One of those tools we architects and designers utilize is spatial layering — essentially, making smaller spaces seem larger and more intriguing by linking to and suggesting spaces beyond. This is achieved by dividing a space into bits that have characterized beginnings and ends and by using framed openings, columns and”floating” walls. We also encourage views along a diagonal and by strategically introducing light in order to add depth and dimension to a space. Sarah Susanka, author of this bestselling The Not So Big House books has more about this.
Since plasma layering allows a hint at what’s next without having to give it all up at the same time, it’s the counterpoint to the architectural one-liner, drawing us in and enticing us with clues to what lies beyond.
So the next time you’re thinking of building a new home or remodeling your existing home, speak to your designer and architect concerning spatial layering. Here are 11 ideas to get you started:
Eck | MacNeely Architects inc..
1. Use layering for a feeling of connectedness. Sitting in this area, one would feel equally separated from and attached to the rest of the home, in addition to the outdoors.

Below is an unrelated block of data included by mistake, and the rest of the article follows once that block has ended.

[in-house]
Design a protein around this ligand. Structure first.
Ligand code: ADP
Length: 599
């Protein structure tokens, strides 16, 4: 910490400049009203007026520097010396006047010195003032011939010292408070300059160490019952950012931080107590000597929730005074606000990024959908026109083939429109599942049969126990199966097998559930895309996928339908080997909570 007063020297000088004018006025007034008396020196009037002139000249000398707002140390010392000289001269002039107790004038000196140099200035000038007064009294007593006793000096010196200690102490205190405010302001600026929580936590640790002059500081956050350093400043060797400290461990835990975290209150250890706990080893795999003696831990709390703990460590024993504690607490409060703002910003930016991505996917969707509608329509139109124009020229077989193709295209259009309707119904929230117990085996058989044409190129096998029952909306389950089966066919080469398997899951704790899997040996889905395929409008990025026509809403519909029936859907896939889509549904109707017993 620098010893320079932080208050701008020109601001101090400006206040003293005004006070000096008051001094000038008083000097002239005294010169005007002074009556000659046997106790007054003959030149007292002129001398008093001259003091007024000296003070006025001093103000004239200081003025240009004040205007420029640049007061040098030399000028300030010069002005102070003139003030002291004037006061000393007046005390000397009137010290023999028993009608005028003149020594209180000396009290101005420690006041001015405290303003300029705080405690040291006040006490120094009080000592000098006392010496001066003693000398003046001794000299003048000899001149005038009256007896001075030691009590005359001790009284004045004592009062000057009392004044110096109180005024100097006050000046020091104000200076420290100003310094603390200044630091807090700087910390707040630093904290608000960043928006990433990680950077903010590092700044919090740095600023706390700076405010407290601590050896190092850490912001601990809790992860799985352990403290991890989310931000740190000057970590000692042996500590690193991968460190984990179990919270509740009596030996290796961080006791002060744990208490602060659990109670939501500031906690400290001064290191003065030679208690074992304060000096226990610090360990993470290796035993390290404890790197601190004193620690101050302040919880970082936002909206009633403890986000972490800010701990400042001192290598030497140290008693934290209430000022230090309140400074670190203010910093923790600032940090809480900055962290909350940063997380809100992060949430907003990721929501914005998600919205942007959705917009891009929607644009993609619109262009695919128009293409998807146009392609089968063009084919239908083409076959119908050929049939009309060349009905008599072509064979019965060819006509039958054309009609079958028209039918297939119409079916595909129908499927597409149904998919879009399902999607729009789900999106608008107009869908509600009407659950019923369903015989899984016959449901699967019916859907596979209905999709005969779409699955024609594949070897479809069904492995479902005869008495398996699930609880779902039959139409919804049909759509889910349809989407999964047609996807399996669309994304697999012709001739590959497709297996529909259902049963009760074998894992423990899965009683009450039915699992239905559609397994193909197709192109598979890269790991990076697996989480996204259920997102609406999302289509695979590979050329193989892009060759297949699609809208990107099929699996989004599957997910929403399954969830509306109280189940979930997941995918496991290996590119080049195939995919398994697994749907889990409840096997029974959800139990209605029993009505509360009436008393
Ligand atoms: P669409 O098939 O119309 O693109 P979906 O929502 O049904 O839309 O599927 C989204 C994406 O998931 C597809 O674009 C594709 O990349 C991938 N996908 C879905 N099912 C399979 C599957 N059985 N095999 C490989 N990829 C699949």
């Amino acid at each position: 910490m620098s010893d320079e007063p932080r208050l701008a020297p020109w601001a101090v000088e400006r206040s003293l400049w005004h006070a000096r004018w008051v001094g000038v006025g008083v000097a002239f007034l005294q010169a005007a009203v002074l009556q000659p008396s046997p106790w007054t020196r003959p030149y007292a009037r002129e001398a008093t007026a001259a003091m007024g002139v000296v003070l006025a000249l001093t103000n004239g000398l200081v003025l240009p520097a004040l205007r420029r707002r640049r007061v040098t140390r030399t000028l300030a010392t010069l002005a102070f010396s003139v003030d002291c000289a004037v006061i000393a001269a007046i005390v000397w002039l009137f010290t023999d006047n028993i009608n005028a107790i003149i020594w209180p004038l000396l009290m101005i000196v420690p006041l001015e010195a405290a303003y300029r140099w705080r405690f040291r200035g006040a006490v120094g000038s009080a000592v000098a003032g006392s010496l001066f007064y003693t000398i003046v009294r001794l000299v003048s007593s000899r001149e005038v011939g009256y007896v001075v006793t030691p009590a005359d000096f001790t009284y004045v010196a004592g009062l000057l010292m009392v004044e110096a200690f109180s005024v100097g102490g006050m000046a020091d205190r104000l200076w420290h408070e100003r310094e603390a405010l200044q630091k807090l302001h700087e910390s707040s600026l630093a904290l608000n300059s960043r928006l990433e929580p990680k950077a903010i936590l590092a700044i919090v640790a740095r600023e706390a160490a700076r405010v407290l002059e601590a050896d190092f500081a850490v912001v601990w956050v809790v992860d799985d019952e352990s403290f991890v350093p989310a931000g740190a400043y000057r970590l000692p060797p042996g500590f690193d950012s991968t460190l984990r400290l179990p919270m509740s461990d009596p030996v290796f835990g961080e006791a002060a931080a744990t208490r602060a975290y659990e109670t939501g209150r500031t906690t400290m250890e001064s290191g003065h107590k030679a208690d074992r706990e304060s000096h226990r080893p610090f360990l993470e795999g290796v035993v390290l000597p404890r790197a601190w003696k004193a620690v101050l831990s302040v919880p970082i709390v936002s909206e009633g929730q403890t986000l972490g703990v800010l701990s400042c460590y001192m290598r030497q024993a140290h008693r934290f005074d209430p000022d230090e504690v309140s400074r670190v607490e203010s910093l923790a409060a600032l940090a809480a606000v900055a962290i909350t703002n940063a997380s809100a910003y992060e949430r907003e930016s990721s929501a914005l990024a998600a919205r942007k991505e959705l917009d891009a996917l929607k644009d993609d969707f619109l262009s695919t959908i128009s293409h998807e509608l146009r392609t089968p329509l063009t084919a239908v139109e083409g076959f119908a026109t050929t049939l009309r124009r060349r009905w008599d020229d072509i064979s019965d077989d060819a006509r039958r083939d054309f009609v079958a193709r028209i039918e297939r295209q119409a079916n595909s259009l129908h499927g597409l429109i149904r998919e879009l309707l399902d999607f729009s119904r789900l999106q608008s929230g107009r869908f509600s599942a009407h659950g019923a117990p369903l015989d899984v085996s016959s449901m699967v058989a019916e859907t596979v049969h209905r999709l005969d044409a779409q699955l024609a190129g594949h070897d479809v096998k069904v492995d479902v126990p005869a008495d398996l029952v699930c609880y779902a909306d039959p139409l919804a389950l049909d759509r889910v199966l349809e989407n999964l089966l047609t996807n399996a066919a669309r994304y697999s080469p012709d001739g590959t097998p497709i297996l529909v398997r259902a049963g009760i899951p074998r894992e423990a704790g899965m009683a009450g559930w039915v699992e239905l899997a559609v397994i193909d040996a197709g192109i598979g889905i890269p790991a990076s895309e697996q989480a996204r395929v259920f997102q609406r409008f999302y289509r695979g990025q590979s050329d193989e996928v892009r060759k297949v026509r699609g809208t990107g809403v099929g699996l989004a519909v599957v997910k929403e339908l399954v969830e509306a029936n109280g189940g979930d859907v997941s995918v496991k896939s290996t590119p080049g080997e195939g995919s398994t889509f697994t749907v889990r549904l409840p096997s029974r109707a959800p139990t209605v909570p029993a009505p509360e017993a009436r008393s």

Frederick + Frederick Architects
2. Capture oblique views. Views across the diagonal highlight span, making rooms look much larger than they are.
Webber + Studio, Architects
3. Promise light and view. The space expands beyond into the exterior in addition to up and into the left at a series of layers that makes us want to travel around and find out more about the home.
Dick Clark + Associates
4. Reveal a secret. In this room there is a feeling that layers have been peeled off to show the structure.
Smith & Vansant Architects PC
5. Use colour to define the architecture. Different colours reinforce a sequence of spaces resulting in the doorway.
6. Reinforce the flat. The structural rhythm of this gray posts and beams, the slatted privacy screen to the right, the floating concrete wall at front and white floating ceiling over result in an enjoyable transition from outside to inside.
Synthesis Design Inc..
7. Give framed views upward in addition to forward. The opening on peak of the stairs invites us to explore what’s there.
8. Set a rhythm. The sequence of framed openings resulting in the door provides a rhythm and progression into the spaces. Molding, ceiling and trim coffers bring about and reinforce this rhythm.
Glenn Robert Lym Architect
9. Give a framework. The arched opening separates us from what lies beyond while the light coming from up high washes down the brick wall, making the space explode.
HP Rovinelli Architects
10. Anchor the space. Use a solid vertical element such as a stairs, chimney or other structure to counteract the space spinning off in all directions.
11. Use transparency to join rooms. This breakfast area employs two-sided glass cabinetry to connect and be separate from the adjoining kitchen.
More: Why There’s Beauty in Grid, Column and Row
Hallways With a Beckoning Beauty
Define Spaces With Changes in Level
Sliding Walls Bring the Outside In
Breezeways: Architecture’s Cool Connections